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    Don't Let Your PCS Cost More Than Money

    We know that you're familiar with moving. Not only have you moved enough times to be considered a professional, but you've read countless articles on MilitaryByOwner regarding PCS moves.

    Rarely will a move happen the same way twice, so why not learn from one another’s experiences?

    Take Air Force Lt. Col. Christopher Johnson and his family, for example. They've moved countless times with the military. Unfortunately, last July, the Johnson family arrived at their new home to find that their precious items would never make it. They kept their valuables in a safe. Not unwise. Safes are meant to protect your belongings, as we all know. However, the safe was taken and it contained birth certificates, passports, marriage license, and social security cards along with several personal items that can never be replaced. The worst part about this story is that whoever stole their belongings got away with and it, and it can happen again. It can happen to any of us.

    These are the items I would recommend you hand-carry during a move: 

    1. Your spouse's orders. If I've learned one thing from moving with the military, it's that your printed orders are the key to everything. You need them for reimbursement for moving allowances, on base housing, etc. They are important. Do not get separated from them during a move.
    2. Your spouse's uniforms. I would not expect military uniforms to go missing during a move; however, any time you allow the movers to transport your belongings you lose control over when they arrive. As unfortunate as it may sound, our household items don't always show up when we do. So if the servicemember needs to report for duty, but uniforms haven't arrived...well, I don’t really want to know what happens.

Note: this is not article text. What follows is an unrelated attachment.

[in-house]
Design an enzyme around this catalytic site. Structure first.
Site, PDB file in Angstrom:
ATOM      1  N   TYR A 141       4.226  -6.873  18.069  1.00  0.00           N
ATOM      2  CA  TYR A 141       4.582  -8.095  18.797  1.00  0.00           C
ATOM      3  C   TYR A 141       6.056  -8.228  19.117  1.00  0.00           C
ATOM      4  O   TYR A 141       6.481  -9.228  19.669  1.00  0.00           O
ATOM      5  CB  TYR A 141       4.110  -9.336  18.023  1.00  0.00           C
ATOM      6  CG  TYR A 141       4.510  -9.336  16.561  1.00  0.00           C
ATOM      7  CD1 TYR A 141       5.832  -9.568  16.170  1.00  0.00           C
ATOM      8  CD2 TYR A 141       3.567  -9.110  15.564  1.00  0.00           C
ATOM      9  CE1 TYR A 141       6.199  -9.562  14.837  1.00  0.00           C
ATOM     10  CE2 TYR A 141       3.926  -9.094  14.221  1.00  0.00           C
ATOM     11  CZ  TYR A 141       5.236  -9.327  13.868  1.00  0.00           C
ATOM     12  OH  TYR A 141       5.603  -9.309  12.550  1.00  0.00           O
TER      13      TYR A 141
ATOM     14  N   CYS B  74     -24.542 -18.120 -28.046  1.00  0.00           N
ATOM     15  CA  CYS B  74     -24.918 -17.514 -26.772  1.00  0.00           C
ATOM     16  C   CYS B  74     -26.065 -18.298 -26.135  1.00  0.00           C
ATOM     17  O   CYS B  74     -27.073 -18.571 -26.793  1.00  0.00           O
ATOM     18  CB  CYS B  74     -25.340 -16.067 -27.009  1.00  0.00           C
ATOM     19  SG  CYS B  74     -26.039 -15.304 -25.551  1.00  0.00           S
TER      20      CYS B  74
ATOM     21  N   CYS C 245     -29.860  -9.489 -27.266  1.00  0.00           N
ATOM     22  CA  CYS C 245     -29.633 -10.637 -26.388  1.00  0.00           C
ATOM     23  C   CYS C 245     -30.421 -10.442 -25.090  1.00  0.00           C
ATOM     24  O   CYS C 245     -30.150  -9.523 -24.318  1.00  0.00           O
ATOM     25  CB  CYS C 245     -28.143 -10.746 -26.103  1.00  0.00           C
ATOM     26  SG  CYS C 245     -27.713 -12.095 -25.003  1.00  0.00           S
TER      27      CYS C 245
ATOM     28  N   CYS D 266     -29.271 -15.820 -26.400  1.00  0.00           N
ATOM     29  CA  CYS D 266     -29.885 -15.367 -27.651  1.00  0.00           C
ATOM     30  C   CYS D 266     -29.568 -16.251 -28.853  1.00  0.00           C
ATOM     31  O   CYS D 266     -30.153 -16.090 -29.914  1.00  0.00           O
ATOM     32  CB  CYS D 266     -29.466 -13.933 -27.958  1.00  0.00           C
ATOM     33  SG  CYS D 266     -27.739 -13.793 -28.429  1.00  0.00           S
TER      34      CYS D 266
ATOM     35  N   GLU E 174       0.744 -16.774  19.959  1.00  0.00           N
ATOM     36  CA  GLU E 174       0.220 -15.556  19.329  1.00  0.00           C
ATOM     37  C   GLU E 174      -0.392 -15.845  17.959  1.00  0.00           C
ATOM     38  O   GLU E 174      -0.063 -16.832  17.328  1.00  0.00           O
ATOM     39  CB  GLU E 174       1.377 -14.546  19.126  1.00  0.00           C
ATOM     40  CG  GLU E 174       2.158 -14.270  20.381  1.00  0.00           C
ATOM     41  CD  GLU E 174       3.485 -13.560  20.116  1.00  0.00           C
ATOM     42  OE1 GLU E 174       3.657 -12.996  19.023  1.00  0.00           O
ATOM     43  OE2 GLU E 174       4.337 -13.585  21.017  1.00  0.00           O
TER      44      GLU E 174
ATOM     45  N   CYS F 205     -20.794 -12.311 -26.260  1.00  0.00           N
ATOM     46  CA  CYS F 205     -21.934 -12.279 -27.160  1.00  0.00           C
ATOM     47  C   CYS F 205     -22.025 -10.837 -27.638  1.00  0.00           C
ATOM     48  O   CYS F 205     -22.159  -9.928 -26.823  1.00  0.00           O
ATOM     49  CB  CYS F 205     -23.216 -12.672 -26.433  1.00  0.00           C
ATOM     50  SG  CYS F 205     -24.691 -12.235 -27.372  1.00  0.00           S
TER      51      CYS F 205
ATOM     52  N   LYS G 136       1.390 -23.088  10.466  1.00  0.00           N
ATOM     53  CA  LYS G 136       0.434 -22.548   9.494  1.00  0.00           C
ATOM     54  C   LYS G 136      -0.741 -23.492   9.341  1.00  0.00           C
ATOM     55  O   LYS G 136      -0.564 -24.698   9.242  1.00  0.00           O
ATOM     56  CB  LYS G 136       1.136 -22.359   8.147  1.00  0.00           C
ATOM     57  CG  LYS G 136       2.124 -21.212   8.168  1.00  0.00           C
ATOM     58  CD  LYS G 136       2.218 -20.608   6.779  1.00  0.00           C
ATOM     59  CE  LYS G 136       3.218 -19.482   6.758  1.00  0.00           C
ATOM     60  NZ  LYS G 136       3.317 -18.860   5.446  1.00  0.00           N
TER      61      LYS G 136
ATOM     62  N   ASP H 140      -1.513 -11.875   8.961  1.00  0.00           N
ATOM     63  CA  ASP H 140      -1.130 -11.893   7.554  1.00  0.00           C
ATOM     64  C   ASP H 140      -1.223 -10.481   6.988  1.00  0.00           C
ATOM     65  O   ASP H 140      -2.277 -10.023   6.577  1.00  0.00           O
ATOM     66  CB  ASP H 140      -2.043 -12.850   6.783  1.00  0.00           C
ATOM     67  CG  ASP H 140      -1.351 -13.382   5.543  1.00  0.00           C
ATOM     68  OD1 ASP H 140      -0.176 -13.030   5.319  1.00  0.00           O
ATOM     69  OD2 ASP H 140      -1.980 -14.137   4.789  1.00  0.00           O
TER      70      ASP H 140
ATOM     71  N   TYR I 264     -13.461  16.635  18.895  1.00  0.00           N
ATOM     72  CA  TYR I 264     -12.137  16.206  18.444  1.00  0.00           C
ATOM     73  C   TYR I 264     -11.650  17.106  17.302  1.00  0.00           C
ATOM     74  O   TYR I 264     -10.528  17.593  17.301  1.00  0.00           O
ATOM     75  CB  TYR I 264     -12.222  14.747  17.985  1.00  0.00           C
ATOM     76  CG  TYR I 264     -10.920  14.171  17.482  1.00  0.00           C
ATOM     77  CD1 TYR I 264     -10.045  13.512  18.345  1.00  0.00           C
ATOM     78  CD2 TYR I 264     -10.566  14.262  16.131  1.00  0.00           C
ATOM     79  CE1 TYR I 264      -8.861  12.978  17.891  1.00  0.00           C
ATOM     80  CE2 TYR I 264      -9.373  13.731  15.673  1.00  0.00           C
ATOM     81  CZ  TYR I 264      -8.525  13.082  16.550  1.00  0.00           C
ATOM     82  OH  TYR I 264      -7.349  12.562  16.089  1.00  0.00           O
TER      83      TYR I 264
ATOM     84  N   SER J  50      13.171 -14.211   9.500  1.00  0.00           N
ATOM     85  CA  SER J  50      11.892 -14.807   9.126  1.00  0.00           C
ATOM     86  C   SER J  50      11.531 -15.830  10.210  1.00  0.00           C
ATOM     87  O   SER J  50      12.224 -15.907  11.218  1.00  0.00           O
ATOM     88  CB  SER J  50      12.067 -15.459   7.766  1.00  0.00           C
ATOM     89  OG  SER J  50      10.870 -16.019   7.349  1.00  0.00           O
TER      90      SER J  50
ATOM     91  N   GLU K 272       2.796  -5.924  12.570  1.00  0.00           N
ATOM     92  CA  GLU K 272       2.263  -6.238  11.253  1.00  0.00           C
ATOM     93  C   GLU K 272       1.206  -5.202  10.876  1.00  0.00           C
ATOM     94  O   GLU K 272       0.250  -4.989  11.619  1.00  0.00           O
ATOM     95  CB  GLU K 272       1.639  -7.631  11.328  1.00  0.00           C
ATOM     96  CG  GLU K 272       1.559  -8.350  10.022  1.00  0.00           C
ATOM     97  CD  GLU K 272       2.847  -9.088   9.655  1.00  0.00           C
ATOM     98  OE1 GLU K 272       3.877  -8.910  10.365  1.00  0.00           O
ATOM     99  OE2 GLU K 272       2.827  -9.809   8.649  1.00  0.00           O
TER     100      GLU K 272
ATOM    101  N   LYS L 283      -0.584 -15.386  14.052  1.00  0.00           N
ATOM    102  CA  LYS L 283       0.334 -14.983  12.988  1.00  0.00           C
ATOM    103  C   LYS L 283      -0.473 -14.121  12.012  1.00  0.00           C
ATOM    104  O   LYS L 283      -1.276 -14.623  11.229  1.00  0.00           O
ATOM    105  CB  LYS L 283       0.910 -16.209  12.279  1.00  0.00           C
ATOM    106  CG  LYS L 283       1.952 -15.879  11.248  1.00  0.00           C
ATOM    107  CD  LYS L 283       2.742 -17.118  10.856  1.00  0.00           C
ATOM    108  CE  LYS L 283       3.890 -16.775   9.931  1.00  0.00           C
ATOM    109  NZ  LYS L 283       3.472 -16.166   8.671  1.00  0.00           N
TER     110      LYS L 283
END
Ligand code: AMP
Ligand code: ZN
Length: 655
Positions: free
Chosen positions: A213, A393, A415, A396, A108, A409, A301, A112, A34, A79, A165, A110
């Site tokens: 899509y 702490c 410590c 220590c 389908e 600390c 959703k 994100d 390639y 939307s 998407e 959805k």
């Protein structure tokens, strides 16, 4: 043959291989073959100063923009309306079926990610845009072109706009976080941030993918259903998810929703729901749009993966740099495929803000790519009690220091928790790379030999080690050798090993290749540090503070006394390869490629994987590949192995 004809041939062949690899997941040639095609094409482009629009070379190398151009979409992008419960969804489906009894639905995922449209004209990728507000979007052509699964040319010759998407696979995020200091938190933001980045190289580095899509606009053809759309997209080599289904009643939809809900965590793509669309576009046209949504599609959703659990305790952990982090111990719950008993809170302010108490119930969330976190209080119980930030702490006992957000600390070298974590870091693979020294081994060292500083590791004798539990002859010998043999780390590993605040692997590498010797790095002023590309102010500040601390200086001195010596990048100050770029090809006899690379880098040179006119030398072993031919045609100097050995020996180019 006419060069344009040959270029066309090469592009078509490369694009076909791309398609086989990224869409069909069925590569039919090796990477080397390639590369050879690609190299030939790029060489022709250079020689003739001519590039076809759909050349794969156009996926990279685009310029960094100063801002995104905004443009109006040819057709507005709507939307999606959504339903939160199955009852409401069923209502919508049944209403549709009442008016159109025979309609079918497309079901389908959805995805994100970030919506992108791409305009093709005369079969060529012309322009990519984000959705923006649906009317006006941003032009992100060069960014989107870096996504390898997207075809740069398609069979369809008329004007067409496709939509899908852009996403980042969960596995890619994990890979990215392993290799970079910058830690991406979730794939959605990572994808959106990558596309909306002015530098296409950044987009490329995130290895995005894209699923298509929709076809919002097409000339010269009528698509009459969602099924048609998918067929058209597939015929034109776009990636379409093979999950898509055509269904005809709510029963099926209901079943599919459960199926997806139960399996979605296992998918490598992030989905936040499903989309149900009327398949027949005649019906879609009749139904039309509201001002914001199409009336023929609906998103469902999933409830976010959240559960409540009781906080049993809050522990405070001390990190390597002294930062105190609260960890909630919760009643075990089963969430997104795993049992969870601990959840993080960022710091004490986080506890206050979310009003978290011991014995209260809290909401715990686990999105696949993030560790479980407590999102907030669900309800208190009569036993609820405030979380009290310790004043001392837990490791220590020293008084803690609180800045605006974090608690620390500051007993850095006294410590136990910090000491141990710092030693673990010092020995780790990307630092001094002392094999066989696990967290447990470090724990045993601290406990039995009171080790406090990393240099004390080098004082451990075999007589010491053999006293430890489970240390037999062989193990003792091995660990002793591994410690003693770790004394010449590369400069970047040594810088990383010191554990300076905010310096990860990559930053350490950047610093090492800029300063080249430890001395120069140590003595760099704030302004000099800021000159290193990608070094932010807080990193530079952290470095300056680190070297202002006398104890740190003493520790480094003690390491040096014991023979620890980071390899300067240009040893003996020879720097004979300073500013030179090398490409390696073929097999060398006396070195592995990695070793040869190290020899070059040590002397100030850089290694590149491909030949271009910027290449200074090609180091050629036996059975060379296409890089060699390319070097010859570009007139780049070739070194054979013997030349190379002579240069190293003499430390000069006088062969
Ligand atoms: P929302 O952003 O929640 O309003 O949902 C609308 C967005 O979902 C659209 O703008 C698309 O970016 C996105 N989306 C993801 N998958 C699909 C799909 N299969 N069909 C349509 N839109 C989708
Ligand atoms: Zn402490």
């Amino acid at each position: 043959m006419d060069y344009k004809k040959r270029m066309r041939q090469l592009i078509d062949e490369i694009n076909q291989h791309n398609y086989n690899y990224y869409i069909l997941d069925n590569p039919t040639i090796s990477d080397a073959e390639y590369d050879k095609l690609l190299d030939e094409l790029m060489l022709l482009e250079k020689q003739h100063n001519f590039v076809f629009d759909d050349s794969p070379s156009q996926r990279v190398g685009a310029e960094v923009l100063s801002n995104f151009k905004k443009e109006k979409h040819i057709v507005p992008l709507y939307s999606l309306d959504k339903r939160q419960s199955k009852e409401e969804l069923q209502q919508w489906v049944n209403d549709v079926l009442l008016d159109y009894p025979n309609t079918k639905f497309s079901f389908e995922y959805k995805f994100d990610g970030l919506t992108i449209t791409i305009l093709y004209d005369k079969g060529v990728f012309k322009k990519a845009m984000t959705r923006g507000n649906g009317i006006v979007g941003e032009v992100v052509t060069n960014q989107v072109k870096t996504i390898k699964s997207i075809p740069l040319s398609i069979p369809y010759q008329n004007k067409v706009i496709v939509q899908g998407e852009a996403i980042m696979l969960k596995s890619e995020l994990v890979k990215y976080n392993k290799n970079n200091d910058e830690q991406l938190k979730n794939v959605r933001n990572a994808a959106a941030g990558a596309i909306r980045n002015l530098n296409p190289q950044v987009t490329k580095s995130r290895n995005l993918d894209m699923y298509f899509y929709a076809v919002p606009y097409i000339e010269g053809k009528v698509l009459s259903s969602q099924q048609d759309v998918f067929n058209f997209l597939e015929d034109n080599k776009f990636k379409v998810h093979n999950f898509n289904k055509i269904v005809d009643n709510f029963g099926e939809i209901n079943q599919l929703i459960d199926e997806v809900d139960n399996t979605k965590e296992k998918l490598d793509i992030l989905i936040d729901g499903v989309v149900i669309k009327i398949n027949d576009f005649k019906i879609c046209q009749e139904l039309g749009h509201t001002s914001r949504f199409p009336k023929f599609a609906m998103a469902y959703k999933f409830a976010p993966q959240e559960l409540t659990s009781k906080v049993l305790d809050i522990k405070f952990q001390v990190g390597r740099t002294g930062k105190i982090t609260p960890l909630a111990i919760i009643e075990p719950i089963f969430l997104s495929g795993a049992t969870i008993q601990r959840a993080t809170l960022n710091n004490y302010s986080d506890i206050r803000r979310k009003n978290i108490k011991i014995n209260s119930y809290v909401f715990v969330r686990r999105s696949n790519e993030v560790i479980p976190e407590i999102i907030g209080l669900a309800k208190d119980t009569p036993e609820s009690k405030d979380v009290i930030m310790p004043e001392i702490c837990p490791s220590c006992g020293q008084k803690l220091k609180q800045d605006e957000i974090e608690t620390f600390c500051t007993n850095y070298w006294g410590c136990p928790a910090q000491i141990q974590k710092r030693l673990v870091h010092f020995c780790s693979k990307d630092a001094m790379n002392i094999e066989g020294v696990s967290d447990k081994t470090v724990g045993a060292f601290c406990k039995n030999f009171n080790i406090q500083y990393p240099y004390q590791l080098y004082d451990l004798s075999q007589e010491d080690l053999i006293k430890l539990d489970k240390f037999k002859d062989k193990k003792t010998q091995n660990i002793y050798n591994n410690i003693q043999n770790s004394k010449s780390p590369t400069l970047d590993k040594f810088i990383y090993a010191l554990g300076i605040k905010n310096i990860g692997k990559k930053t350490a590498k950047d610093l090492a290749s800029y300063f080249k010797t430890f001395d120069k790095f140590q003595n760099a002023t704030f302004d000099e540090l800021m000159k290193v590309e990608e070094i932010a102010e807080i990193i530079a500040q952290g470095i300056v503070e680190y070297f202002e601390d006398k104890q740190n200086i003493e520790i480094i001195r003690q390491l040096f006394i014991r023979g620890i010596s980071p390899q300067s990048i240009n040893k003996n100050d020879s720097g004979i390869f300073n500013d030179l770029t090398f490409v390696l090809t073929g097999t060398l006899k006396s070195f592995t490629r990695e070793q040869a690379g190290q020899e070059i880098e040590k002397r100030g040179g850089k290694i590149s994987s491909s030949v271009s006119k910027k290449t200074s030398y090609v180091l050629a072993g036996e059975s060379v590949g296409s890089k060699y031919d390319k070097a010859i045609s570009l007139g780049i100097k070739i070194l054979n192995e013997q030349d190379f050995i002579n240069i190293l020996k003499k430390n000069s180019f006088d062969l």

3. Any and all identification documents. Your family’s birth certificates, passports, marriage license, adoption papers, wills, social security cards, insurance policies, car titles, etc. Not only will the loss of these documents be a headache to replace, but if they fall into the wrong hands, your identity could be stolen. It's much better to keep these items on your person during a move than to clean up the mess of losing them.
    4. Money. If you have gold bars, large sums of cash, and bonds, it's much better to move these things yourself. That is true even if your money is secured in a safe, as we've seen that even a safe can go missing. 
    5. Fine jewelry. Costume jewelry is one thing, but if you have expensive jewelry that you don't wear everyday, be sure to put it in your purse or suitcase and move it yourself. Don't let the movers handle your precious jewels!
    6. Other personal items. Anything that is irreplaceable, such as letters, heirlooms, and photos. Anything that cannot be replaced with money provided by an insurance company should go with you. I pray no one feels the heartache of losing sentimental items.
    7. Firearms. This depends on state and federal regulations. Do your research about transporting firearms across state lines. You may choose to move these yourself instead of allowing the movers to transport them.

    We have much more freedom regarding the belongings we move within the states than those of you moving to OCONUS locations, who will be more limited in the things you can move yourself. This list, minus the firearms, applies to both. Firearms may restricted in the country you're moving to, so you may consider leaving them behind. Your spouse's orders, uniforms, documents, money, and jewelry should all fit in your carry-on. Consider creating a binder for your important documents to hand carry. If you have sentimental items that cannot fit in your carry-on, you might think about leaving those things behind with extended family.

    What tips do you have for keeping your precious belongings safe?

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    Photo Credit: PhotoPin 

    Danielle Keech


    Danielle Keech

    Danielle is just like you — another down-to-earth military spouse learning every day how to navigate the craziness. As a mama of two, she knows what it takes to juggle solo parenting, a work-from-home career, and the demands of military life. She’s a firm believer that community is a key part of thriving and hopes to remind readers that they’re not alone through her writing. Want to connect? Find Danielle on Facebook, Instagram, Twitter, and LinkedIn.

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